Second, think about what type of programming you can reasonably handle on Saturday without stretching your staff too thin.  If you have a wonderful manager, or are in charge of your own schedule, then full speed ahead; if you’re not, take a look at when you’re on the desk and how the rest of the library is staffed. Always keep an eye on what you can REASONABLY handle, and what the rest of the library staff can handle as well. The best types of programs will not stress ANYONE out needlessly.

Think about whether you want to do self directed or staff directed programming. Then take a look at the ideas below that can fit into either.


Movie Marathons: Do you have a public performance license? Do you have the equipment to show movies? Do you have the space (teen room, program room, various areas)? If so, pull movies to show throughout the day, and combine them with some of the self directed ideas below. Iron Man 3 will be released in theaters this Friday; show Iron Man, Iron Man 2, and The Avengers. Need to show movies that are more family friendly as you are in an open space?  Go with Adventures of Shark Boy and Lava Girl, Despicable Me, Scooby Doo, or Speed Racer. Or if you have the additional anime license, show anime from the Movie Licensing USA Collection.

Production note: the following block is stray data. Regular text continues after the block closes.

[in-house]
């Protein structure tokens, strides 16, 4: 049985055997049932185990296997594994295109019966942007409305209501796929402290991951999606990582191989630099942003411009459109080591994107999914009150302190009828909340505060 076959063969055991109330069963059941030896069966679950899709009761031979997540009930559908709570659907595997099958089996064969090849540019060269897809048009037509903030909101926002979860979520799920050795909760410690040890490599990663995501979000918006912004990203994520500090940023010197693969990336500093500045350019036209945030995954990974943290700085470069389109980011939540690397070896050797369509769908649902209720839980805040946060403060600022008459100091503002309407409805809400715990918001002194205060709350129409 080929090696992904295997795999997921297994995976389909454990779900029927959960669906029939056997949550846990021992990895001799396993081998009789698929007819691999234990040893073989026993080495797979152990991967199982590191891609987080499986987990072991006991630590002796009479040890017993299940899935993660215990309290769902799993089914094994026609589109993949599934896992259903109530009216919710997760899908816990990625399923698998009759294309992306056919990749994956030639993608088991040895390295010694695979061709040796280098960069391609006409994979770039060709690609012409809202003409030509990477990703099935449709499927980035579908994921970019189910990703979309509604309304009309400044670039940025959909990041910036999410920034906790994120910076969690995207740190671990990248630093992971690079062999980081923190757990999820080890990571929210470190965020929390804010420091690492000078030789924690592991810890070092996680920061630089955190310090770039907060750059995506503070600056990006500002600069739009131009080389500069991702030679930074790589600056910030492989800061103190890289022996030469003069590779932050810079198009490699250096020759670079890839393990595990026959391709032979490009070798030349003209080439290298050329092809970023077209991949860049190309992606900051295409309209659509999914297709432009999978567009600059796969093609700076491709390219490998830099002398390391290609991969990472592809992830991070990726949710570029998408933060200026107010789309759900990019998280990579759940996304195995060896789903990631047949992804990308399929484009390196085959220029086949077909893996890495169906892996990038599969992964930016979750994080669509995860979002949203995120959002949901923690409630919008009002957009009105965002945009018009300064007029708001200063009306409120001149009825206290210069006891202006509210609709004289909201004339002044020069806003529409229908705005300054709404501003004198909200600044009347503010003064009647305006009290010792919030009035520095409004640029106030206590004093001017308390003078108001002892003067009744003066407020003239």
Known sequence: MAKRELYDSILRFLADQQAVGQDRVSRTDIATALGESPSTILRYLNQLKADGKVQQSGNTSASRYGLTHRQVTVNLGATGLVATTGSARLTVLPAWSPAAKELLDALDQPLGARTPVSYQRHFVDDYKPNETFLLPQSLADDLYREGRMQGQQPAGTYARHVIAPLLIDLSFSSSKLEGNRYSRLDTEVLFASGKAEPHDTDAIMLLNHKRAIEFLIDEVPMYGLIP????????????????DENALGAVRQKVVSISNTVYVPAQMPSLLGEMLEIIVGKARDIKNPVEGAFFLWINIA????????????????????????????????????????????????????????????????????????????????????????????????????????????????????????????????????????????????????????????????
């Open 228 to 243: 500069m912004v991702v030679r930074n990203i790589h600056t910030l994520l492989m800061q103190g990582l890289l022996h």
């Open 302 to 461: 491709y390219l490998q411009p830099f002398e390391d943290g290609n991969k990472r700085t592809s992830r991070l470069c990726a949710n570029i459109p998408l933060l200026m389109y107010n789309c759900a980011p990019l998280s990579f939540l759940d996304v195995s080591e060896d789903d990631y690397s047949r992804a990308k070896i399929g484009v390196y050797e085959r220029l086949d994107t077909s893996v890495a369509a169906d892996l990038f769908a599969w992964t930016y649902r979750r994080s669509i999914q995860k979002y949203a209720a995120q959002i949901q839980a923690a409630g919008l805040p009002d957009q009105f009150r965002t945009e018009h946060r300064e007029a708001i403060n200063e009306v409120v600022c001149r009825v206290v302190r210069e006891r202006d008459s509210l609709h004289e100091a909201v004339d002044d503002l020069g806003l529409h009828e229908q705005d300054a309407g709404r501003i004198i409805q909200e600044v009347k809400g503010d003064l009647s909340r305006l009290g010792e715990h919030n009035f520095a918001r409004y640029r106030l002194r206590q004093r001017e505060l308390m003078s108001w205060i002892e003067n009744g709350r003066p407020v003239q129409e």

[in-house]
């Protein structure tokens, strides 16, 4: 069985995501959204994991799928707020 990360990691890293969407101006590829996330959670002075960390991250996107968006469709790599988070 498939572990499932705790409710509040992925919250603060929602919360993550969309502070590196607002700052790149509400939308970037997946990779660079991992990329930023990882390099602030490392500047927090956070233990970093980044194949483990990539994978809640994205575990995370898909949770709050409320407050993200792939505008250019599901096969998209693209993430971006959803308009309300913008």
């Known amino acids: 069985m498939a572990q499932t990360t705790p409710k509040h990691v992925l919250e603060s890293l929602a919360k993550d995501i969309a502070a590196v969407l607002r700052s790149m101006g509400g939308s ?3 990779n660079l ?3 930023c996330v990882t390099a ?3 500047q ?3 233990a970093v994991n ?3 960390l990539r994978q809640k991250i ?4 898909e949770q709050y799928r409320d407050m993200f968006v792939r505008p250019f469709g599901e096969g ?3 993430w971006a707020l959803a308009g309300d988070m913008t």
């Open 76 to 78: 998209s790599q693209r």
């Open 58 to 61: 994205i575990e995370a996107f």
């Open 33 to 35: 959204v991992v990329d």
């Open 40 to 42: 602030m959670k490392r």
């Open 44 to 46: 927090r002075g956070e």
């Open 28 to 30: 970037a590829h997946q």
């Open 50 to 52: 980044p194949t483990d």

http://blogs.strose.edu/wp-content/uploads/2013/03/boardgames.jpgLow Tech Gaming: Have a space or some empty tables? Put up flyers advertising a Low Tech Gaming day. Let your teens know to bring their Yu-Gi-Oh cards and your tweens to bring their Pokemon decks. See if any of your staffers would be willing to lend their comic based versions of Monopoly (I know I am not the only one out there that has Star Wars The Clone Wars Monopoly or Marvel Monopoly). Maybe someone has Simpsons Operation. Find a copy of Apples to Apples Disney Version. Or maybe someone has Scooby Doo Clue.

Console Gaming: If you have the space and the equipment, set up your console gaming equipment for some free style gaming. Titles like Marvel vs Capcom, Mortal Kombat vs DC Universe, DragonBall Z and Naruto completely fit the bill for a comic based program. An entire page in Wikipedia is devoted to titles (note: not all titles will be appropriate for teen programs in all libraries- you know your library so choose what would work for you).